Three cases of coronavirus confirmed in France as 14 in UK test negative

25 January 2020, 00:05 | Updated: 25 January 2020, 00:52

Tests are still ongoing for patients in the UK
Tests are still ongoing for patients in the UK. Picture: PA

Three cases of coronavirus have been confirmed in France, according to the country's health minister.

The cases, announced on Friday, are the first to be confirmed in Europe.

Health minister Agnes Buzyn said that all three people had travelled to China and that she expects more cases to be confirmed.

In China, 41 people have died, with more than 850 confirmed cases.

Its lockdown has been expanded to cover more than 36 million people across 13 cities, encompassing a population bigger than that of New York, London, Paris and Moscow combined.

Fewer than two dozen cases in all have been confirmed outside mainland China, in Hong Kong, Macao, the US, South Korea, Japan, Singapore, Thailand, Taiwan and Vietnam.

Ms Buzyn said: "We have two cases. We will probably have other cases.

"We see how difficult it is in today's world to close the frontiers. In reality, it's not possible.

"You have to treat an epidemic as you would a fire, that's to say find the source very quickly."

One of the people taken to hospital, a 48-year-old man, passed through Wuhan, the epicentre in China for the virus, before travelling to France on Wednesday, the minister said.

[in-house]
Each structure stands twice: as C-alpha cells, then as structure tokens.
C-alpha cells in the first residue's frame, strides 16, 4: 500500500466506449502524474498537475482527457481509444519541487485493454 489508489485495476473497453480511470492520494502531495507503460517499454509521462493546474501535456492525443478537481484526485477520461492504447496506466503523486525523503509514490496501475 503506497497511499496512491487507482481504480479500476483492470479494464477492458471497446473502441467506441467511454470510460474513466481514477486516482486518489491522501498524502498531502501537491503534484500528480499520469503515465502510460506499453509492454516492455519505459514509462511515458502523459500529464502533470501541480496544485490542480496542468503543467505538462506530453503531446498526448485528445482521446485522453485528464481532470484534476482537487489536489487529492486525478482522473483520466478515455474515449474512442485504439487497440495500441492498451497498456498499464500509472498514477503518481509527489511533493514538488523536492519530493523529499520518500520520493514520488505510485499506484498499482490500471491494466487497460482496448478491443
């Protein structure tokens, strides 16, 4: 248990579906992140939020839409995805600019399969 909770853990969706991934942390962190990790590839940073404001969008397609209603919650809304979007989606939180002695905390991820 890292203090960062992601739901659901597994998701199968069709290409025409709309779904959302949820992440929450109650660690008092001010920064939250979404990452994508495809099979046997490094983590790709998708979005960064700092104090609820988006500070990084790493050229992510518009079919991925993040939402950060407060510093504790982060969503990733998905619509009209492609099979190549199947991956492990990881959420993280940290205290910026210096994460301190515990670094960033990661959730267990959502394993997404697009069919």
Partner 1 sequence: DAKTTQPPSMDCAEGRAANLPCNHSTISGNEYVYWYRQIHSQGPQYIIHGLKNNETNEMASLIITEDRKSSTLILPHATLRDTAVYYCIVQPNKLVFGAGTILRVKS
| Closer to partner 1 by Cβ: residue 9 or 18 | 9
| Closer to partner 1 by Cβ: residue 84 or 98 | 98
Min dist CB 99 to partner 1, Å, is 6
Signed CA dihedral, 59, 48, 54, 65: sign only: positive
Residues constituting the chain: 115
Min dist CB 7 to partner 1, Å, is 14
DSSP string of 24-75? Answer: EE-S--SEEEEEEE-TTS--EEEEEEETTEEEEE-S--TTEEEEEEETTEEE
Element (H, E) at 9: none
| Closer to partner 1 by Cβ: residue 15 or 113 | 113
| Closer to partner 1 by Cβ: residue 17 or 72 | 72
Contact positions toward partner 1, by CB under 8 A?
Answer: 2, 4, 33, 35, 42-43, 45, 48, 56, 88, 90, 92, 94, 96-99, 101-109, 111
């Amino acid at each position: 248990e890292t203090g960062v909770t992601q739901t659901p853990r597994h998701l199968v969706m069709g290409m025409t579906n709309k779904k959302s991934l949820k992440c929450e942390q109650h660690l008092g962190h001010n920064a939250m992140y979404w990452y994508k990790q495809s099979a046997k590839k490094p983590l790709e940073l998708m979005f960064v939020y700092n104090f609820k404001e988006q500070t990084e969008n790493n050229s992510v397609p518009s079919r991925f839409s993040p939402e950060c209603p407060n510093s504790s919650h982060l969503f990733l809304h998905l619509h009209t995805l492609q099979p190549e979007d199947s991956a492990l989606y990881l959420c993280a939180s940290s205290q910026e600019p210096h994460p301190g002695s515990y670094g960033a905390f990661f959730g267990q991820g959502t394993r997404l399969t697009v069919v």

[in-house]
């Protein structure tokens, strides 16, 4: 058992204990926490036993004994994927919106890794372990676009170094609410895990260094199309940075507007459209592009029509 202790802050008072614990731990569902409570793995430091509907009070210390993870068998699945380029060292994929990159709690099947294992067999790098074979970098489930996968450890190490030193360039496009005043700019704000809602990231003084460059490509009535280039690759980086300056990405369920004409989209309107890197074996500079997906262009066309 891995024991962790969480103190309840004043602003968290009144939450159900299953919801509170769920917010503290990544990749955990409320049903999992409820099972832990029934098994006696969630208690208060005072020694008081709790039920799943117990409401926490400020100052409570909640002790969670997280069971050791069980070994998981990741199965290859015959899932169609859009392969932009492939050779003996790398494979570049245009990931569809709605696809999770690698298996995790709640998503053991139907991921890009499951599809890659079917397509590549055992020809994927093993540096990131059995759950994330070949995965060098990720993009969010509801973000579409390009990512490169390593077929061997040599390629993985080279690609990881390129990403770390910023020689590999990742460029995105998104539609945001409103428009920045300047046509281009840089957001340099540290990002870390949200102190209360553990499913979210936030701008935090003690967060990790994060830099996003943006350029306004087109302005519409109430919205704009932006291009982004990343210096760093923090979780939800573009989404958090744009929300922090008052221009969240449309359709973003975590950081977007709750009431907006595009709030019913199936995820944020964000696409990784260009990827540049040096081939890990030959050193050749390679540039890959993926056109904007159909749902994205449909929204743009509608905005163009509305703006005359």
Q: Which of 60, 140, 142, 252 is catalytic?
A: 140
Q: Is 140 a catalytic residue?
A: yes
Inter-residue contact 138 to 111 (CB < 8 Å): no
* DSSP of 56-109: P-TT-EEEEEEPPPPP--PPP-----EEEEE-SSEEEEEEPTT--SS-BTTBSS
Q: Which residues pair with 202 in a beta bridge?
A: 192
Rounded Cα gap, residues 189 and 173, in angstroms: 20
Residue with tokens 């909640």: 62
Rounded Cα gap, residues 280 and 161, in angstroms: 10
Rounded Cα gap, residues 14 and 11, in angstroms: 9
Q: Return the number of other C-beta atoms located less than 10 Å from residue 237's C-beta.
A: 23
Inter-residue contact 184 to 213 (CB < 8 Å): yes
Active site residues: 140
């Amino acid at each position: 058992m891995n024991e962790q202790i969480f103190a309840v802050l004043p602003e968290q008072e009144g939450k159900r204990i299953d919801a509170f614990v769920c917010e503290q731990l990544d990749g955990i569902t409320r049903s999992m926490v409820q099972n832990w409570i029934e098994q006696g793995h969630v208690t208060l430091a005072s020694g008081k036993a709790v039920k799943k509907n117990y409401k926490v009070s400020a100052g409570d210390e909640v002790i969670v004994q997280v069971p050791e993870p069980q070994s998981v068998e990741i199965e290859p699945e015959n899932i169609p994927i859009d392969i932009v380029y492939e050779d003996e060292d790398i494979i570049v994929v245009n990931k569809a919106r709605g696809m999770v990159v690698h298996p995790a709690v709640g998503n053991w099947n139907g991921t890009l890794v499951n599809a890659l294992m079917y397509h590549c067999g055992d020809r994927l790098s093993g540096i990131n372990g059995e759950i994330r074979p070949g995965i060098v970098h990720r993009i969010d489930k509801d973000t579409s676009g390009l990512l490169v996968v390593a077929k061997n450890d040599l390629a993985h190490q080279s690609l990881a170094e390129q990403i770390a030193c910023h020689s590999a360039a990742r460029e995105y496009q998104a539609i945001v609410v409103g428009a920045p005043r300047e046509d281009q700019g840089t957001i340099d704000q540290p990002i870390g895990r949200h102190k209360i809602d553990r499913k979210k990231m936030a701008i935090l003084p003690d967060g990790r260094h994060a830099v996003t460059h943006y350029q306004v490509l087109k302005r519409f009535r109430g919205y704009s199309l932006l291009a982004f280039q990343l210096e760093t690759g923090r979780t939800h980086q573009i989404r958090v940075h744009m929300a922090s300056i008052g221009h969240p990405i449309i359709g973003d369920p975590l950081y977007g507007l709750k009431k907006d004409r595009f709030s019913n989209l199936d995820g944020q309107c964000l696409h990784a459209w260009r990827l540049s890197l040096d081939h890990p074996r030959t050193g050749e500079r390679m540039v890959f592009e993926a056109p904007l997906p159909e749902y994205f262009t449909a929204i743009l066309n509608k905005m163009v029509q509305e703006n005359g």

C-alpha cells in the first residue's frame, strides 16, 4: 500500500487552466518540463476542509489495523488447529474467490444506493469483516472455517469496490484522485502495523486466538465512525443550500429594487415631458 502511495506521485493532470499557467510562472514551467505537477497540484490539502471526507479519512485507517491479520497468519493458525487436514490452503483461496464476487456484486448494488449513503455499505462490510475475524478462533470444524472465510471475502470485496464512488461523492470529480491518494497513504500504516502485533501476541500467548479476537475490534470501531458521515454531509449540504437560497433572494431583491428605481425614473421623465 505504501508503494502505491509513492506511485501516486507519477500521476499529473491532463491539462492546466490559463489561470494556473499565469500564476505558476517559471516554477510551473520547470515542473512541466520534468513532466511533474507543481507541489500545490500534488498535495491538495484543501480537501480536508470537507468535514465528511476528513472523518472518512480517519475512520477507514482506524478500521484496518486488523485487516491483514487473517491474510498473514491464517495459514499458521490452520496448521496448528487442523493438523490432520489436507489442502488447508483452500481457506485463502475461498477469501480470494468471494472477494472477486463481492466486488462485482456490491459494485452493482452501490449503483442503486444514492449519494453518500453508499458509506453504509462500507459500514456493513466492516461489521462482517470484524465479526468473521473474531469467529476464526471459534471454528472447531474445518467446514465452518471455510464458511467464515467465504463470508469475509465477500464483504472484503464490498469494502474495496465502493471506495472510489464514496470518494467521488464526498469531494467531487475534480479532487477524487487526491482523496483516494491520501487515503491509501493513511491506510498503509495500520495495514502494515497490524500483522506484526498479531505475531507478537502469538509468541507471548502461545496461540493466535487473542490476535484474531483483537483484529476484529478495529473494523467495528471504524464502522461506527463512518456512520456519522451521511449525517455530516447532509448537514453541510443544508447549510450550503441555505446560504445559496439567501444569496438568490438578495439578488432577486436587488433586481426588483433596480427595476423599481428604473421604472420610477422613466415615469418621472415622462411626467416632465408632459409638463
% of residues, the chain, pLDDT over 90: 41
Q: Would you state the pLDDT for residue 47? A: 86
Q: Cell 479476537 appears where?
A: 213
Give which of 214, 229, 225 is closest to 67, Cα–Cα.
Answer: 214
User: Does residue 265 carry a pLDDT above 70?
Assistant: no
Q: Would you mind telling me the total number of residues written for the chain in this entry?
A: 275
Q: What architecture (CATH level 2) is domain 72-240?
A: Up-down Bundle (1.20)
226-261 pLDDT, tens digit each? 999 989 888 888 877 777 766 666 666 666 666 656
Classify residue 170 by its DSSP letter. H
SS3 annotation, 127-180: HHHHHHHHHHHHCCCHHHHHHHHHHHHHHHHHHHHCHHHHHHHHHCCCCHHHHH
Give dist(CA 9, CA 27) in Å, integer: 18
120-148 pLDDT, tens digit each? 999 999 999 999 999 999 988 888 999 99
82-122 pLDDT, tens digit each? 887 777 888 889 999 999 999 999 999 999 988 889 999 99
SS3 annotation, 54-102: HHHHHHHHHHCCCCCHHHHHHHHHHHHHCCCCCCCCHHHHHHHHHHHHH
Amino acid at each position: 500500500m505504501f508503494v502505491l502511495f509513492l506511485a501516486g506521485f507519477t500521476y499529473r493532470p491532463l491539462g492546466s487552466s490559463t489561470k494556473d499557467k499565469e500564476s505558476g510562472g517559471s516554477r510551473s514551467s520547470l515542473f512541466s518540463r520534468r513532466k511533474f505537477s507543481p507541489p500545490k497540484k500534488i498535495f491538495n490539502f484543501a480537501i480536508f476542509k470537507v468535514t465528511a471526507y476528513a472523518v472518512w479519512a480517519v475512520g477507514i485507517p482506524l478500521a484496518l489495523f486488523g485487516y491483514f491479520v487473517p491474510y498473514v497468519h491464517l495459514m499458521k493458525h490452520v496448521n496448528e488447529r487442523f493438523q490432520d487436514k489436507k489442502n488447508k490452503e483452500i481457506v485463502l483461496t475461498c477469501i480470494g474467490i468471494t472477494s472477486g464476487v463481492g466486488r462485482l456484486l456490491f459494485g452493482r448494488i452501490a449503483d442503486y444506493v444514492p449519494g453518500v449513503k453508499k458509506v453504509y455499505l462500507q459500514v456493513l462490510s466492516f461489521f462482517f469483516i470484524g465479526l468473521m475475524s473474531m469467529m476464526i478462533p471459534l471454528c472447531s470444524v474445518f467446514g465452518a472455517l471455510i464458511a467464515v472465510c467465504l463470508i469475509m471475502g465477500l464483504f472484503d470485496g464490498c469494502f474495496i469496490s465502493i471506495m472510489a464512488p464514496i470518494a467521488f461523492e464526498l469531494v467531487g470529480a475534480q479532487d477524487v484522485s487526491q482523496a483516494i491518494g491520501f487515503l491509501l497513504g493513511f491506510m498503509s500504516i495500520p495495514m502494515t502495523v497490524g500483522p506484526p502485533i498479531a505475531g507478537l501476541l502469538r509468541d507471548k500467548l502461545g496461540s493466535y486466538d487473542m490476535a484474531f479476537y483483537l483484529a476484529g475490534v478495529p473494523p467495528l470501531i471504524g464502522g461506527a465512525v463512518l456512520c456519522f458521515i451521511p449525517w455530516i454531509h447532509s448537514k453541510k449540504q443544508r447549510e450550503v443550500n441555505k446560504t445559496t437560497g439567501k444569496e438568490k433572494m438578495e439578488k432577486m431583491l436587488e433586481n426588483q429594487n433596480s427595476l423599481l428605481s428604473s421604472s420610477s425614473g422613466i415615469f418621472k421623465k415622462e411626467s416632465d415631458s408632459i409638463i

He has been in hospital in Bordeaux since Thursday. She said he is a French national who travelled to China for work and who lives in the Bordeaux area.

He is believed to have been in contact with about 10 people before he was taken into care, the minister said.

The health ministry did not give the age, nationalities or other personal details about the other two people taken to hospital in Paris, other than saying that they travelled to China.

The news came after tests that were carried out on 14 suspected patients of the virus in the UK came back negative.

England's Chief Medical Officer Professor Chris Whitty said testing was still being carried out on “other people” in the UK who are feared to have contracted the disease.

He also said there was a "fair chance" Britain will see cases emerge.

Prof Whitty spoke following a meeting of the Government's Cobra emergency committee in Whitehall, chaired by Health Secretary Matt Hancock.

He said: "I am working closely with the other UK chief medical officers.

"We all agree that the risk to the UK public remains low, but there may well be cases in the UK at some stage.

"We have tried-and-tested measures in place to respond. The UK is well prepared for these types of incidents, with excellent readiness against infectious diseases.

"We have global experts monitoring the situation around the clock and have a strong track record of managing new forms of infectious disease.

"The UK has access to some of the best infectious disease and public health experts in the world.

"A public health hub will be set up in Heathrow from today. This consists of clinicians and other public health officials, in addition to existing port health measures."

In an interview, Prof Whitty said: "We think there's a fair chance we may get some cases over time.